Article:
Friday, July 6, 2012

Federal funds and grassroots donations permit re-opening of women's shelter in remote Alaskan village

The women's shelter in Emmonak, Alaska (population 831) has re-opened, a few weeks after it closed following exhaustion of its federal funding due to the high price of heating oil during a particularly brutal winter.   The shelter was able to re-open after it received more than $30,000 in donations from the public and a $50,000 in an emergency grant from the federal government.  The funds rolled in after a May, 2012 story in the New York Times that highlighted the plight of the shelter, which has been operating since 1978.  Read that earlier story here, and my blog post about it here.  The New York Times article about the re-opening is here.

The shelter serves about 500 women and children each year from the dozen or so villages in the Yukon River delta.  Sexual assault and domestic violence rates are much higher in the area than the national average in this remote area, which is 500 air miles from Anchorage and accessed only by two flights from there, which can cost as much as $800.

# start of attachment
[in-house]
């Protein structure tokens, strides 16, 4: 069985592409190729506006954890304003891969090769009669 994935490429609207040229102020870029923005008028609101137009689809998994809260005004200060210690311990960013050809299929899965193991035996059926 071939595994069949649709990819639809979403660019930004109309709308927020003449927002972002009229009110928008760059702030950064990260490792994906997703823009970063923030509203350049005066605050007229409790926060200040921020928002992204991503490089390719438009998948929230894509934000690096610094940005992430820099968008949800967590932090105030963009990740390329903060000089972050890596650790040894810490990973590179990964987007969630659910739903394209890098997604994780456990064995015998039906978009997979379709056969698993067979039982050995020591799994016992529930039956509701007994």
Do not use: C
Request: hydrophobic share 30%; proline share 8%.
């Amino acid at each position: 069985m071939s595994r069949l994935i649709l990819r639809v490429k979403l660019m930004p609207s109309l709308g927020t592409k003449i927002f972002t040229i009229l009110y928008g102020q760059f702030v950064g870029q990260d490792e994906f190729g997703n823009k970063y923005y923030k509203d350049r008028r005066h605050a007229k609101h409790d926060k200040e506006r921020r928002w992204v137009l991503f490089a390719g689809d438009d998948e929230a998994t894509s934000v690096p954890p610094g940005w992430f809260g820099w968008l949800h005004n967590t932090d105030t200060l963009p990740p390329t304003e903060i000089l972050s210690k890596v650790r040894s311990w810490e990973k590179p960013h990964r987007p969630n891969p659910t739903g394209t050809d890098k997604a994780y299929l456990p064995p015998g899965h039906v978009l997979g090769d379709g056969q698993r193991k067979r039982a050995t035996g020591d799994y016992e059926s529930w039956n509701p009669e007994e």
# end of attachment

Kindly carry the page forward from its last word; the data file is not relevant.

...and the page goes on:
The Emmonak Women's Shelter is the "only such facility in a region in which there are few police officers, no transitional housing for women and limited options for women seeking to escape.  There are few passable roads in the region.  During the winter, residents travel via snow machine or by aircraft."

The emergency grant came from the Bureau of Indian Affairs, while the typical source of federal funding for the shelter is the Department of Justice.

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